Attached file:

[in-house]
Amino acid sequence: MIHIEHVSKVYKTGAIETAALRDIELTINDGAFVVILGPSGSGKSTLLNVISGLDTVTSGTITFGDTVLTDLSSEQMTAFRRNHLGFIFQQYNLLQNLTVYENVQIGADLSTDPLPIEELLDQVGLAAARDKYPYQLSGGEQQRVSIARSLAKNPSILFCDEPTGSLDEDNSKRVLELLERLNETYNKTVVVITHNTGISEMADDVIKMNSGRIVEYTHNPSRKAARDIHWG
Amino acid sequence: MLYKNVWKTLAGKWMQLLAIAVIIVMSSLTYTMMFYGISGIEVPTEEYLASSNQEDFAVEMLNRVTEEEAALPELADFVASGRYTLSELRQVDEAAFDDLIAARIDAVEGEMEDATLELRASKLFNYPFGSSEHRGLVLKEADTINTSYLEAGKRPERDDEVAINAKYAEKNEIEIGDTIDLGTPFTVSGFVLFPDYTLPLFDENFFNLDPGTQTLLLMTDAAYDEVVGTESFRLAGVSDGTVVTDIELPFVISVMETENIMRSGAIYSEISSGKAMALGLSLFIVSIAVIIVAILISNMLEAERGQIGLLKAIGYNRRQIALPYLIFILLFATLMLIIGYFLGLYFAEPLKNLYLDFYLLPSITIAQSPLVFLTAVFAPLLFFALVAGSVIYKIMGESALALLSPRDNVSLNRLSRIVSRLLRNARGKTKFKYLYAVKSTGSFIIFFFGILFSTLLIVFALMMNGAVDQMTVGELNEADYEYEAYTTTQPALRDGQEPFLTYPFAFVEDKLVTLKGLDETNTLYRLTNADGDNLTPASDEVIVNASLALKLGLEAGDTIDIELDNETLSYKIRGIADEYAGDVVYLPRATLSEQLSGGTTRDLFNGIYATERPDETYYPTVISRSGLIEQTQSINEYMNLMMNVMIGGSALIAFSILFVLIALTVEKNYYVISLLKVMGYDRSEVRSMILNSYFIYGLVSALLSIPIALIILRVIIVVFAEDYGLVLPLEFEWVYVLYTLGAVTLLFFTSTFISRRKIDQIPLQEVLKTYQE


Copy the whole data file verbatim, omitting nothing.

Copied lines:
[in-house]
Amino acid sequence: MIHIEHVSKVYKTGAIETAALRDIELTINDGAFVVILGPSGSGKSTLLNVISGLDTVTSGTITFGDTVLTDLSSEQMTAFRRNHLGFIFQQYNLLQNLTVYENVQIGADLSTDPLPIEELLDQVGLAAARDKYPYQLSGGEQQRVSIARSLAKNPSILFCDEPTGSLDEDNSKRVLELLERLNETYNKTVVVITHNTGISEMADDVIKMNSGRIVEYTHNPSRKAARDIHWG
Amino acid sequence: MLYKNVWKTLAGKWMQLLAIAVIIVMSSLTYTMMFYGISGIEVPTEEYLASSNQEDFAVEMLNRVTEEEAALPELADFVASGRYTLSELRQVDEAAFDDLIAARIDAVEGEMEDATLELRASKLFNYPFGSSEHRGLVLKEADTINTSYLEAGKRPERDDEVAINAKYAEKNEIEIGDTIDLGTPFTVSGFVLFPDYTLPLFDENFFNLDPGTQTLLLMTDAAYDEVVGTESFRLAGVSDGTVVTDIELPFVISVMETENIMRSGAIYSEISSGKAMALGLSLFIVSIAVIIVAILISNMLEAERGQIGLLKAIGYNRRQIALPYLIFILLFATLMLIIGYFLGLYFAEPLKNLYLDFYLLPSITIAQSPLVFLTAVFAPLLFFALVAGSVIYKIMGESALALLSPRDNVSLNRLSRIVSRLLRNARGKTKFKYLYAVKSTGSFIIFFFGILFSTLLIVFALMMNGAVDQMTVGELNEADYEYEAYTTTQPALRDGQEPFLTYPFAFVEDKLVTLKGLDETNTLYRLTNADGDNLTPASDEVIVNASLALKLGLEAGDTIDIELDNETLSYKIRGIADEYAGDVVYLPRATLSEQLSGGTTRDLFNGIYATERPDETYYPTVISRSGLIEQTQSINEYMNLMMNVMIGGSALIAFSILFVLIALTVEKNYYVISLLKVMGYDRSEVRSMILNSYFIYGLVSALLSIPIALIILRVIIVVFAEDYGLVLPLEFEWVYVLYTLGAVTLLFFTSTFISRRKIDQIPLQEVLKTYQE